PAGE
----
12 Tech And Telecoms Companies That Inspire Africa
Tech companies continue to inspire Africa and Africans through their unique service offering to the continent and the way in which they enhance people’s lives.
From renewable energy to telecoms and other tech firms, African consumers are benefiting from a growing tech sector throughout Africa, and certain companies are making waves as inspirational businesses contributing to better lives for the people they serve.
The London Stock Exchange has undertaken research project, in partnership with Africa Development Bank Group, CDC Group and PwC, to reveal Africa’s most inspiring small and medium-sized enterprises, producing a list of these.
Here are 12 tech and telecoms companies that continue to inspire Africa.
Operating in Kenya for the benefit of farmers and others involved in agriculture, Gro Intelligence has developed Clews, a discovery engine for data related to food and agriculture. It collects trillions of data points related to global crop production on subjects such as weather, consumption, infrastructure, transportation, trade flows, prices, socio-economic indicators and environmental measurements.
Helios Towers has built one of Africa’s largest portfolios of independently operated telecoms towers, enabling expanded use of mobile phones on the continent. The company’s network includes around 6,500 sites across Ghana, Tanzania, the Republic of Congo and the Democratic Republic of the Congo.
Based in Ghana, clean energy company PEG makes use of pay-as-you-go technology and low-cost mobile payment systems to supply clean energy to customers in West Africa who could not previously afford it, while helping them to build a credit score.
BitPesa buys and sells African currencies from anywhere in the world, paying and receiving funds directly to and from African bank and mobile money accounts for as little as one percent in fees.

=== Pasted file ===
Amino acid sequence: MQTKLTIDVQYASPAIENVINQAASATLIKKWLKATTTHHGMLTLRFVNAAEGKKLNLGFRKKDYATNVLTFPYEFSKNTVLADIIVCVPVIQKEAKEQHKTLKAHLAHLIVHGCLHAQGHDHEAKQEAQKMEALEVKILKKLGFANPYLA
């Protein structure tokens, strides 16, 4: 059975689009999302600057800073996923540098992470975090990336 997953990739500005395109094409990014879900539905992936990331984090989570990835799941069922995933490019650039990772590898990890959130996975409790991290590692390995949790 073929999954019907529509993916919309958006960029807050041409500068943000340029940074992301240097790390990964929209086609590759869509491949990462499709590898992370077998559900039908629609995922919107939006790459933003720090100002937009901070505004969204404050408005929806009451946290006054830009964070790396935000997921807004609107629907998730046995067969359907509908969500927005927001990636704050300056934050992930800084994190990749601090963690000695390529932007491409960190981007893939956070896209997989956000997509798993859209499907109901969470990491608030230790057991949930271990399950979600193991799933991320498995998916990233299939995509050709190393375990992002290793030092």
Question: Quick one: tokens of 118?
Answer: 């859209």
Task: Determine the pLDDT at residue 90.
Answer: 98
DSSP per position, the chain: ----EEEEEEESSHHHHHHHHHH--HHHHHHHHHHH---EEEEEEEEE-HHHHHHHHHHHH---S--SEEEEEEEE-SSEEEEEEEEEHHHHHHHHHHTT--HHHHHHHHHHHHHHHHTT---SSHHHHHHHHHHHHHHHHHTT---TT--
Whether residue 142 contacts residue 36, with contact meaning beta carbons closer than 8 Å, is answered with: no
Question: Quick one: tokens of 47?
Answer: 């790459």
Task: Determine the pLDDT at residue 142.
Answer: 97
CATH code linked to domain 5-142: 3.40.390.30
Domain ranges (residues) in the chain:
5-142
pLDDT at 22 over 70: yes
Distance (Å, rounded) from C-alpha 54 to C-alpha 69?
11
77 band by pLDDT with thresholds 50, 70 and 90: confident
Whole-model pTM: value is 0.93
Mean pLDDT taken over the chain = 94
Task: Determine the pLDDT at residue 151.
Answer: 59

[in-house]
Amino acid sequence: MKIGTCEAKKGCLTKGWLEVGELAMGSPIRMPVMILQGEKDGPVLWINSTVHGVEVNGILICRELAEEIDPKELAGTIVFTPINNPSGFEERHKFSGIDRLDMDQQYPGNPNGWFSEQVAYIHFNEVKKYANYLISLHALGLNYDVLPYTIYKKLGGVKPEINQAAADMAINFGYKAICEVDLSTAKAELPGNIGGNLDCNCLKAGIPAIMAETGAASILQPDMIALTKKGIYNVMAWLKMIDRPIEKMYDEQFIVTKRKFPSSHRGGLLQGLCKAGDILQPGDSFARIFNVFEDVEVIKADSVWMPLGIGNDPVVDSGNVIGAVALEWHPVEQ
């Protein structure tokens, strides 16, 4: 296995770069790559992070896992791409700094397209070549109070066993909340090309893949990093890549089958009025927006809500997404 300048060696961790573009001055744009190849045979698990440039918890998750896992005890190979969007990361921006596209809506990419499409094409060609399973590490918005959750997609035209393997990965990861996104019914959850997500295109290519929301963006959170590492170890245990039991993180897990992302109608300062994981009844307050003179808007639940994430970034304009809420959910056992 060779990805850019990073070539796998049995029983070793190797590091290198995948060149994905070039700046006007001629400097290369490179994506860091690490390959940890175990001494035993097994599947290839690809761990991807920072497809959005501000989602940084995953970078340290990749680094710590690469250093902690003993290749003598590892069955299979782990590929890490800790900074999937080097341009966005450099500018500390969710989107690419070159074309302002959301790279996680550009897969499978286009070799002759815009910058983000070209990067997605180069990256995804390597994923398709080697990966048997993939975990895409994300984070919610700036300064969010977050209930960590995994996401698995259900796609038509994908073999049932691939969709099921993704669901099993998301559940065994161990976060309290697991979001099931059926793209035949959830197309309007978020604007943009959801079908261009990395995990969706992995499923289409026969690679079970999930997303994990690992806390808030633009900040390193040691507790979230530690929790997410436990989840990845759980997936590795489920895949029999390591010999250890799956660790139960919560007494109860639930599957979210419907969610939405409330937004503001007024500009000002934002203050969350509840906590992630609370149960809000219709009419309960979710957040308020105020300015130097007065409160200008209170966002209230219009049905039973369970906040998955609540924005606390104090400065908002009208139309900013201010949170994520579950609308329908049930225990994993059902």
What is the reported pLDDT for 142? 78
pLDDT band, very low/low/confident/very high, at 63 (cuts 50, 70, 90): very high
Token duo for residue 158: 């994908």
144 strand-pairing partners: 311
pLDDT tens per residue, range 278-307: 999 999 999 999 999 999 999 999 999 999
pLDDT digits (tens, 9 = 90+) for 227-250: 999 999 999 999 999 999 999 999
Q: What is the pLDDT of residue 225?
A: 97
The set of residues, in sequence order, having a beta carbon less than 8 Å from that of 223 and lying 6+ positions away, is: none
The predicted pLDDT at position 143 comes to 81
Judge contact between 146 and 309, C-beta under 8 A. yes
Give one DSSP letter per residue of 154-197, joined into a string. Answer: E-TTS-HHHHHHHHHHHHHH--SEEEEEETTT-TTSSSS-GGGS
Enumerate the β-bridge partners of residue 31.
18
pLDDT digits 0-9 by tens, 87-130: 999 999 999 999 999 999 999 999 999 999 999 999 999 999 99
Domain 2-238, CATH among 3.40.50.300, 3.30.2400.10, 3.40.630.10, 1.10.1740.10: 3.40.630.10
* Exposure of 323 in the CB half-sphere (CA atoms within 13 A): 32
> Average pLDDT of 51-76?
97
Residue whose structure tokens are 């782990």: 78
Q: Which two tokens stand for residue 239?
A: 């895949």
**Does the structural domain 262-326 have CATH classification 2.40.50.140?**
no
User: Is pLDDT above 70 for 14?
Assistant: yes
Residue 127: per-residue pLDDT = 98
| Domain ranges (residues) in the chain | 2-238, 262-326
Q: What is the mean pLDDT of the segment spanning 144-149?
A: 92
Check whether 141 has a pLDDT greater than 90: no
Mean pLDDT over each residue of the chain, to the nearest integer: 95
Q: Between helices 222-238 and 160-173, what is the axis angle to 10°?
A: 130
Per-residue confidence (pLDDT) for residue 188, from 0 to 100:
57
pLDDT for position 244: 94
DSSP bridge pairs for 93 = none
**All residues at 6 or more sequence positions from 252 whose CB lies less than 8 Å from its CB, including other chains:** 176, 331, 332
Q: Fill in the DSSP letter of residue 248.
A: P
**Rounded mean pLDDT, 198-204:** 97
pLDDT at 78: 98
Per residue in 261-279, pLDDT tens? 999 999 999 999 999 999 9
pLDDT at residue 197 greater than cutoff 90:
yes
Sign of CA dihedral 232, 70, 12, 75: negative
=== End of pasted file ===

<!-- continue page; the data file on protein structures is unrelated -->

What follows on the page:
M-Kopa Solar, a social-enterprise startup uses solar to reach remote off-grid consumers in East Africa with cheap electricity, which is particularly useful in rural areas thanks to pay-as-you-go add-on electronic products.
Operating in Nigeria and recognising the need for effective payment services, Interswitch has developed a nationwide multi-channel payment network, while its Verve chip-and-pin payment card is the West African nation’s second largest card scheme.
Millions of Africans cannot afford insurance, but thanks to BIMA mobile technology is used to provide affordable insurance and health services to low-income consumers in emerging markets, with more than 27 million subscribers and operations in 16 countries across Africa, Asia and Latin America.
Boosting the renewable energy sector in Kenya, D.Light offers lights and mobile phone chargers designed to be affordable for households depending on how much they earn, making it possible for poorer families to afford power.
A network of transmission towers have been built across the African continent thanks to the work of Eaton Towers. This shared infrastructure investment is then used by many of the continent’s largest telecoms providers, such as Vodafone, Orange, Airtel and MTN.
Since it was founded 20 years ago, Tracker has become Africa’s leading stolen vehicle recovery firm. They now provide data analytics for vehicle manufacturers and dealers, insurance companies, fleet operators and consumers, generating more than 35 million telematics messages each day. Tracker have more than one million active subscribers.
Content and media technology company Snapplify specialises in finding the best ways to distribute digital content, with a particular focus on the education sector. The business operates in South Africa and Kenya, working with government bodies, telecoms firms and hardware providers.
SolarNow is a renewable energy provider offering five million Ugandan households that are not connected to an electricity grid an affordable solar energy solution to replace energy sources such as kerosene lights, while powering appliances that can be used to start businesses and create a livelihood.
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